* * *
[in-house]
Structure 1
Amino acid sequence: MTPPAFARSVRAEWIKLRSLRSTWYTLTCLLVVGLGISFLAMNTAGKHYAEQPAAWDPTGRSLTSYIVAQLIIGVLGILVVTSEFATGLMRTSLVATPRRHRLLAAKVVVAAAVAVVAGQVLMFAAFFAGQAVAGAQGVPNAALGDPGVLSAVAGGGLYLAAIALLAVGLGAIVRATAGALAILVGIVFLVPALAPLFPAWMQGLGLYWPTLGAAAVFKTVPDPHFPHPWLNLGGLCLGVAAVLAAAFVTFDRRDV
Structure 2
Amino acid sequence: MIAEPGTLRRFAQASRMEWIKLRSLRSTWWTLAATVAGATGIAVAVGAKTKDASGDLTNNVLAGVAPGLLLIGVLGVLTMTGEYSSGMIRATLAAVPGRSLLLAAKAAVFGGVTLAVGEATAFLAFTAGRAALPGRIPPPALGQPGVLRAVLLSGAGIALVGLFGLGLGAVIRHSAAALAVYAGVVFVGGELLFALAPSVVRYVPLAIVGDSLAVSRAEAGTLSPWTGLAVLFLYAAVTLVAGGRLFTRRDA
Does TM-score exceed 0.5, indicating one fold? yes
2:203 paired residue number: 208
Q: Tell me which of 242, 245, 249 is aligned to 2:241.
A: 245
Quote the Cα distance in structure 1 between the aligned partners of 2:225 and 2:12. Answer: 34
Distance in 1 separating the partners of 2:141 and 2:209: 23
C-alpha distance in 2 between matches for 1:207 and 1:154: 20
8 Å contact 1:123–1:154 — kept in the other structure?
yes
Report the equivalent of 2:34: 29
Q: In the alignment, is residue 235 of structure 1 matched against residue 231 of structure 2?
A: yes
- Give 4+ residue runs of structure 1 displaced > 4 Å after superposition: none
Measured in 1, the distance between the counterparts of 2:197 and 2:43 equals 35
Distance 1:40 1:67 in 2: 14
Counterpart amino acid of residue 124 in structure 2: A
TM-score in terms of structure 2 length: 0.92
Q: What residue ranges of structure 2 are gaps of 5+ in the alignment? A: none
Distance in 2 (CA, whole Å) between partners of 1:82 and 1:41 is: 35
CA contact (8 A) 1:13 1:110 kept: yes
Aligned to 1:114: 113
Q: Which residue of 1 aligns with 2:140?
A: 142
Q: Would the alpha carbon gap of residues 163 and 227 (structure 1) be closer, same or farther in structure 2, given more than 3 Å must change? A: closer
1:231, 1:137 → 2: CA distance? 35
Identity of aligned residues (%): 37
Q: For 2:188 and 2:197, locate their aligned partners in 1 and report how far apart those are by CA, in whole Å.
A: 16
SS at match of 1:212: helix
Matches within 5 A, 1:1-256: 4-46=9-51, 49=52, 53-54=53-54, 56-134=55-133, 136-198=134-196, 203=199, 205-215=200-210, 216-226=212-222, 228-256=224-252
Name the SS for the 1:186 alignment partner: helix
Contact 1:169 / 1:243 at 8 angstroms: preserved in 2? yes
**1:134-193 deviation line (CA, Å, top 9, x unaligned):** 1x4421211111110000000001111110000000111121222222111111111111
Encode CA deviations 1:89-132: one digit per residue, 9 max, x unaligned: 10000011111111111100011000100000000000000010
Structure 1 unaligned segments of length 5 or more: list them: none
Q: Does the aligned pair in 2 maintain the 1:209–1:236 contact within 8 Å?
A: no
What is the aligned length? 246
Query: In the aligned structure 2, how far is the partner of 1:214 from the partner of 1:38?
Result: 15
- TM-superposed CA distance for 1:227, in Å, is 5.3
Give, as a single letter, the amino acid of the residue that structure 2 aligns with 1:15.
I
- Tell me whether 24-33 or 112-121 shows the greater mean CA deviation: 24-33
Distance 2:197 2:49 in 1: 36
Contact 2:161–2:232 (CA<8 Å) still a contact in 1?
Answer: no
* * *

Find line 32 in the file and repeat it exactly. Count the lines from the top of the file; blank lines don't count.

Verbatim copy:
Q: For 2:188 and 2:197, locate their aligned partners in 1 and report how far apart those are by CA, in whole Å.